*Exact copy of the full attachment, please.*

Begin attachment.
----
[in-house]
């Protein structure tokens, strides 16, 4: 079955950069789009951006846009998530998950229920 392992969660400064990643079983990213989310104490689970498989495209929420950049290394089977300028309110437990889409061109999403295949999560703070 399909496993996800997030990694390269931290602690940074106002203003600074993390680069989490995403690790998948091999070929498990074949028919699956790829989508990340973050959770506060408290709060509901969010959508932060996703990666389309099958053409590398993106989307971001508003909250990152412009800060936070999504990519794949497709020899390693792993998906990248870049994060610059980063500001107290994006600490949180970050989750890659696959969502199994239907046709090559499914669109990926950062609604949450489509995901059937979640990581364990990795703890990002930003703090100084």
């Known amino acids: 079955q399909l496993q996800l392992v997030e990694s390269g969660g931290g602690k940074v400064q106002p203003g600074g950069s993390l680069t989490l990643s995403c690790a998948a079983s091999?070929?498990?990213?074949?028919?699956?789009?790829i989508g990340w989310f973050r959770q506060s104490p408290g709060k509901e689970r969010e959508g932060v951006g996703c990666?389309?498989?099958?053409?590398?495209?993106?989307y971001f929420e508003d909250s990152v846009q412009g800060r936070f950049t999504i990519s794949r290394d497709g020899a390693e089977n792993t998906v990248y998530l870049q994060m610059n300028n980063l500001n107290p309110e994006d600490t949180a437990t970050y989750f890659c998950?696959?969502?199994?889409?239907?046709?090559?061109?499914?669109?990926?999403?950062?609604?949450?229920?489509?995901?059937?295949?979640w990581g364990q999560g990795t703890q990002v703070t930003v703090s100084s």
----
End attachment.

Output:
[in-house]
């Protein structure tokens, strides 16, 4: 079955950069789009951006846009998530998950229920 392992969660400064990643079983990213989310104490689970498989495209929420950049290394089977300028309110437990889409061109999403295949999560703070 399909496993996800997030990694390269931290602690940074106002203003600074993390680069989490995403690790998948091999070929498990074949028919699956790829989508990340973050959770506060408290709060509901969010959508932060996703990666389309099958053409590398993106989307971001508003909250990152412009800060936070999504990519794949497709020899390693792993998906990248870049994060610059980063500001107290994006600490949180970050989750890659696959969502199994239907046709090559499914669109990926950062609604949450489509995901059937979640990581364990990795703890990002930003703090100084």
């Known amino acids: 079955q399909l496993q996800l392992v997030e990694s390269g969660g931290g602690k940074v400064q106002p203003g600074g950069s993390l680069t989490l990643s995403c690790a998948a079983s091999?070929?498990?990213?074949?028919?699956?789009?790829i989508g990340w989310f973050r959770q506060s104490p408290g709060k509901e689970r969010e959508g932060v951006g996703c990666?389309?498989?099958?053409?590398?495209?993106?989307y971001f929420e508003d909250s990152v846009q412009g800060r936070f950049t999504i990519s794949r290394d497709g020899a390693e089977n792993t998906v990248y998530l870049q994060m610059n300028n980063l500001n107290p309110e994006d600490t949180a437990t970050y989750f890659c998950?696959?969502?199994?889409?239907?046709?090559?061109?499914?669109?990926?999403?950062?609604?949450?229920?489509?995901?059937?295949?979640w990581g364990q999560g990795t703890q990002v703070t930003v703090s100084s």